Thanksgiving is fast approaching. While most consider offering thanks for traditional bounties, my contemplation turns to the flip side: giving thanks for things that, at least on their surface, hardly qualify for appreciation.
If your year hasn't been punctuated by health, wealth, marriage or a new house, you might be hard pressed to find reasons to give thanks. Contrary to seasonal expectations, you might be wading through job loss, medical bills or even an ugly divorce.
These hardly qualify as happy stories for sharing around the Thanksgiving table. But read ahead anyway. A few reflections from my life may help you discover ways to say "Thanks!" in your life, too.
Lack: For most women, the ability to conceive is a no-brainer. For me, failure to conceive lasted over a decade. Back then, motherhood came earlier. First time pregnancies for women in their mid-30s were considered medical risks.
My inability to conceive took place in the more traditionally-minded South. While I focused on sales quotas and marketing plans, female neighbors and friends chatted about diapers and naps. Totally out of place in this social mix, I feared that others felt pity on me -- and always hoped they wouldn't.
Surprisingly, this so-called period of lack would provide future reasons to give thanks. A saver rather than a spender, I'd worked my way into a certain degree of financial freedom. By the time our daughter arrived, I'd created the option for remaining at home. Realizing I'd be half good at both career and child rearing -- but not especially great at either -- I was able to leave a corporate job behind.
Years later, I reflected upon certain women who had cut short or totally bypassed a career in favor of becoming young stay-at-home moms. In an ironic twist of fate, they later expressed remorse for having missed out on the freedom and financial independence that can accompany a professional career. With a dozen years of work, travel and some financial success behind me, I had contentment, peace and joy in my unplanned, yet delayed, maternal role.
Illness: At 28, I looked like a corpse and concealed a hideous scar that ran across my neck. In its earlier stages (with staples to exaggerate the effect), I could have launched memories of Frankenstein or caused some to wonder if I'd failed at a suicide attempt.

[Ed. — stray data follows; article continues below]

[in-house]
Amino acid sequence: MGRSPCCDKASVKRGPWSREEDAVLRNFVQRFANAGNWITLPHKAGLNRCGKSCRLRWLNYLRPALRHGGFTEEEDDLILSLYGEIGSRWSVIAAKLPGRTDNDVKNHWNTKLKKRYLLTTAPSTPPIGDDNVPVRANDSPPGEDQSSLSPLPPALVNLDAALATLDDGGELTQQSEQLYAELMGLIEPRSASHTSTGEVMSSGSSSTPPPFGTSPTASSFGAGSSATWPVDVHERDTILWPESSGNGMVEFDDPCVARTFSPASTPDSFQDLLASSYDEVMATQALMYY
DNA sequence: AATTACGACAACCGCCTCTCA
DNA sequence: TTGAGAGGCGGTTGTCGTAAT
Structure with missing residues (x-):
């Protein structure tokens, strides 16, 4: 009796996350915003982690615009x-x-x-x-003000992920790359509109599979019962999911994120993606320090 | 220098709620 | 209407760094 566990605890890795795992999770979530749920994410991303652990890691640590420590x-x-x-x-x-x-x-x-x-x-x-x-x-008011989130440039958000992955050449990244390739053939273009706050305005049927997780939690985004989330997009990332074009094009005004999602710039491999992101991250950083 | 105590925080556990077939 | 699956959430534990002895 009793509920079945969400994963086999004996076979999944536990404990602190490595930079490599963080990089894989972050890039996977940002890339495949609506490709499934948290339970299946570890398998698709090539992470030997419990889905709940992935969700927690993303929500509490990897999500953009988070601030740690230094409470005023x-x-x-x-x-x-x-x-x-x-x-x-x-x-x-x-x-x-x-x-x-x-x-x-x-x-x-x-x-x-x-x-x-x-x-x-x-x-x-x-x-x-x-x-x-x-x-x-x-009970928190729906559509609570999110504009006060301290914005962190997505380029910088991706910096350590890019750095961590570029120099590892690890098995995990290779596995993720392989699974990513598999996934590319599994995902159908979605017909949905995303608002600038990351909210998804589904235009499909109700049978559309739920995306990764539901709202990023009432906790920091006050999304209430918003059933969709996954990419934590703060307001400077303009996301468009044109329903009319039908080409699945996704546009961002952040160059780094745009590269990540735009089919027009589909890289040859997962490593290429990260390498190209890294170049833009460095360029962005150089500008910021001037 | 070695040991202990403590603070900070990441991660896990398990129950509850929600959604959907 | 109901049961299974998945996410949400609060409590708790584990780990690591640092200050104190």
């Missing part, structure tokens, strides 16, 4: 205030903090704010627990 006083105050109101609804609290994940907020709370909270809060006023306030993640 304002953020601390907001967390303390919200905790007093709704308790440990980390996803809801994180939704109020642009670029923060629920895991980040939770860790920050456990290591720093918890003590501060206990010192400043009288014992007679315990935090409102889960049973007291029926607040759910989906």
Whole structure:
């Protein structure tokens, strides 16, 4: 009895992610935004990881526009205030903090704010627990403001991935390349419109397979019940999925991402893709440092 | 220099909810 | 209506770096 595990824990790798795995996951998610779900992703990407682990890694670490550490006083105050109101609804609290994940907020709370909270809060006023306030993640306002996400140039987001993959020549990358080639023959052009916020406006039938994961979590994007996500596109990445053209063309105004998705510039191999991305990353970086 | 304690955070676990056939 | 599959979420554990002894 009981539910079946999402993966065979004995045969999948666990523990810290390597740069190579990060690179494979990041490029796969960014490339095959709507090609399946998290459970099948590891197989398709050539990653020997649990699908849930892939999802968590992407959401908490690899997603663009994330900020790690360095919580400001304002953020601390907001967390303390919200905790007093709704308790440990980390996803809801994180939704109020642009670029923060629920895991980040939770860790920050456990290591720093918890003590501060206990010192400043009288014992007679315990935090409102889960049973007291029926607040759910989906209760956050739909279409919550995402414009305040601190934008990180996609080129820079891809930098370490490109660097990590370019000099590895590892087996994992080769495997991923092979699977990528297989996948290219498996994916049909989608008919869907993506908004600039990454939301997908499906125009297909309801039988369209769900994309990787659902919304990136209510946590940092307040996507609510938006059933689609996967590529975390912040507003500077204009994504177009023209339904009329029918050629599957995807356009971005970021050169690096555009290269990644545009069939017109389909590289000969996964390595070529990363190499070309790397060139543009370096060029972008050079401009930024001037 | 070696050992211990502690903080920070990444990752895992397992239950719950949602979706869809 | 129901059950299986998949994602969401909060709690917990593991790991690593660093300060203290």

My long, red surgery scar marked full removal of an overactive thyroid. Previously misdiagnosed as a brain tumor and a heart problem, the illness had left me exhausted, hyperventilating and wondering how I could push myself through another 12-hour day at work.
You might ask how being sick could possibly provide reasons for giving thanks. Yet in truth, my infirmity proved golden. Who, after having endured an illness and/or disability, would have reason to judge, malign or mock another?
Nobody welcomes illness and the sense of powerlessness it can bring, but the experience caused me to empathize and relate to the frailties of others. An unlikely candidate for mocking, I know that enduring my illness wiped away some of my hidden areas of judgment. Scar or not, I can say thank you for this personally enriching gift.
Abuse: Abuse comes in all forms, from verbal and emotional to social, physical and even sexual. Never pretty, it instead reveals the baser nature of man.
Oddly, I believed I was one of the "lucky ones," avoiding the statistics of both rape and sexual abuse. Yet a stressful encounter in my late 30s reminded me of a painful, but suppressed, past that had gnawed at me through early marriage.
As a very young child, I was the object of sexual abuse. In typical fashion, the abuse came from a family friend. I later learned that the same male predator had been accused of similar behavior by another young girl. Surprisingly, when old memories returned and their confirmation became clear, I was relieved rather than offended.
I was remarkably happy to discover the source of my nagging anxiety. Immediately, I offered a prayer of forgiveness for a mentally ill man who obviously did not know what he was doing. Flipped on its side, this encounter with sexual abuse gave me opportunity for forgiveness, closure and personal freedom.
Infertility, illness and childhood sexual abuse are hardly popular conversation for the Thanksgiving table. But my experiences demonstrate how we can find non-traditional reasons to give thanks.
Empathy, forgiveness and freedom are just some of the many rewards to be derived from trying times. Though not always acquired through traditional or sought-after means, these flip side scenarios can provide unique avenues and creative ways to say "Thanks."
If you're struggling with Thanksgiving this year, be of good cheer.
May you join me in discovering the flip side of offering thanks.
Need help? In the U.S., call 1-800-4-A-CHILD (1-800-422-4453) for the Childhelp National Child Abuse Hotline